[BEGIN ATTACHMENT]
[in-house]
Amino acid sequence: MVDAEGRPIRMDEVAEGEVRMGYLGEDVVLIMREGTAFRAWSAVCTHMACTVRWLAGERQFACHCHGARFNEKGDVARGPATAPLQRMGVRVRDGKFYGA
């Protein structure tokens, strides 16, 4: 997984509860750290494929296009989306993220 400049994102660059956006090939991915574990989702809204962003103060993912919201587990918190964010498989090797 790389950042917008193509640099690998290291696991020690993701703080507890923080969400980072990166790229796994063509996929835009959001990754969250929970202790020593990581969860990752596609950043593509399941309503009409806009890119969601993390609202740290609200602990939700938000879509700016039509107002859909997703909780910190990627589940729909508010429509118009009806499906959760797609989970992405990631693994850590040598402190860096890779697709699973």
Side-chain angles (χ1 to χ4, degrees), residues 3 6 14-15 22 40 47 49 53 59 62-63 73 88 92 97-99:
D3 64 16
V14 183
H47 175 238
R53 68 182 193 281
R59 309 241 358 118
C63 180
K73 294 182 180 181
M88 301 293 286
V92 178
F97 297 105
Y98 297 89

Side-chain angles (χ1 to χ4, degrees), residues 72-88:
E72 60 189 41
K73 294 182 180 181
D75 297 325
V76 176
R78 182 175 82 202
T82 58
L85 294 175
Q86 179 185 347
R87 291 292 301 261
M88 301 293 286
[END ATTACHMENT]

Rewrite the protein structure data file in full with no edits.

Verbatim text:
[in-house]
Amino acid sequence: MVDAEGRPIRMDEVAEGEVRMGYLGEDVVLIMREGTAFRAWSAVCTHMACTVRWLAGERQFACHCHGARFNEKGDVARGPATAPLQRMGVRVRDGKFYGA
């Protein structure tokens, strides 16, 4: 997984509860750290494929296009989306993220 400049994102660059956006090939991915574990989702809204962003103060993912919201587990918190964010498989090797 790389950042917008193509640099690998290291696991020690993701703080507890923080969400980072990166790229796994063509996929835009959001990754969250929970202790020593990581969860990752596609950043593509399941309503009409806009890119969601993390609202740290609200602990939700938000879509700016039509107002859909997703909780910190990627589940729909508010429509118009009806499906959760797609989970992405990631693994850590040598402190860096890779697709699973």
Side-chain angles (χ1 to χ4, degrees), residues 3 6 14-15 22 40 47 49 53 59 62-63 73 88 92 97-99:
D3 64 16
V14 183
H47 175 238
R53 68 182 193 281
R59 309 241 358 118
C63 180
K73 294 182 180 181
M88 301 293 286
V92 178
F97 297 105
Y98 297 89

Side-chain angles (χ1 to χ4, degrees), residues 72-88:
E72 60 189 41
K73 294 182 180 181
D75 297 325
V76 176
R78 182 175 82 202
T82 58
L85 294 175
Q86 179 185 347
R87 291 292 301 261
M88 301 293 286